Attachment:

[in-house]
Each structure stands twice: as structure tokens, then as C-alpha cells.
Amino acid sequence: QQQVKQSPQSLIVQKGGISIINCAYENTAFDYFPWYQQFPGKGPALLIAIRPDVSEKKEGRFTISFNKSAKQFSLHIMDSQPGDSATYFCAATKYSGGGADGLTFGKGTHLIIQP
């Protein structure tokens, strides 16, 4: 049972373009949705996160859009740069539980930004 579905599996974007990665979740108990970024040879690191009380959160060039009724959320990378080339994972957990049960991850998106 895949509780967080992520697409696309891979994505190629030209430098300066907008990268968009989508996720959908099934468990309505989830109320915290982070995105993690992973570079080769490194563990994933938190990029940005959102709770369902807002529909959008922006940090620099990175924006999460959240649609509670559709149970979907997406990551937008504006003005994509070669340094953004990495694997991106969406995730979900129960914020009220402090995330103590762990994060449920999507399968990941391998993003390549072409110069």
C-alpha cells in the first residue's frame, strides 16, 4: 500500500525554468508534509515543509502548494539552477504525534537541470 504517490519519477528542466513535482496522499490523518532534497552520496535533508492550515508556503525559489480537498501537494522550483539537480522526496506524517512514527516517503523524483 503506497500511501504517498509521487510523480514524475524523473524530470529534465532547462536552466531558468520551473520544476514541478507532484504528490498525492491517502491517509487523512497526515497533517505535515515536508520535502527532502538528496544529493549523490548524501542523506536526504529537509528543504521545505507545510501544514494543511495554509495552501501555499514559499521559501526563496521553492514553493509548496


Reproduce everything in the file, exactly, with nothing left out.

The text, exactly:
[in-house]
Each structure stands twice: as structure tokens, then as C-alpha cells.
Amino acid sequence: QQQVKQSPQSLIVQKGGISIINCAYENTAFDYFPWYQQFPGKGPALLIAIRPDVSEKKEGRFTISFNKSAKQFSLHIMDSQPGDSATYFCAATKYSGGGADGLTFGKGTHLIIQP
């Protein structure tokens, strides 16, 4: 049972373009949705996160859009740069539980930004 579905599996974007990665979740108990970024040879690191009380959160060039009724959320990378080339994972957990049960991850998106 895949509780967080992520697409696309891979994505190629030209430098300066907008990268968009989508996720959908099934468990309505989830109320915290982070995105993690992973570079080769490194563990994933938190990029940005959102709770369902807002529909959008922006940090620099990175924006999460959240649609509670559709149970979907997406990551937008504006003005994509070669340094953004990495694997991106969406995730979900129960914020009220402090995330103590762990994060449920999507399968990941391998993003390549072409110069």
C-alpha cells in the first residue's frame, strides 16, 4: 500500500525554468508534509515543509502548494539552477504525534537541470 504517490519519477528542466513535482496522499490523518532534497552520496535533508492550515508556503525559489480537498501537494522550483539537480522526496506524517512514527516517503523524483 503506497500511501504517498509521487510523480514524475524523473524530470529534465532547462536552466531558468520551473520544476514541478507532484504528490498525492491517502491517509487523512497526515497533517505535515515536508520535502527532502538528496544529493549523490548524501542523506536526504529537509528543504521545505507545510501544514494543511495554509495552501501555499514559499521559501526563496521553492514553493509548496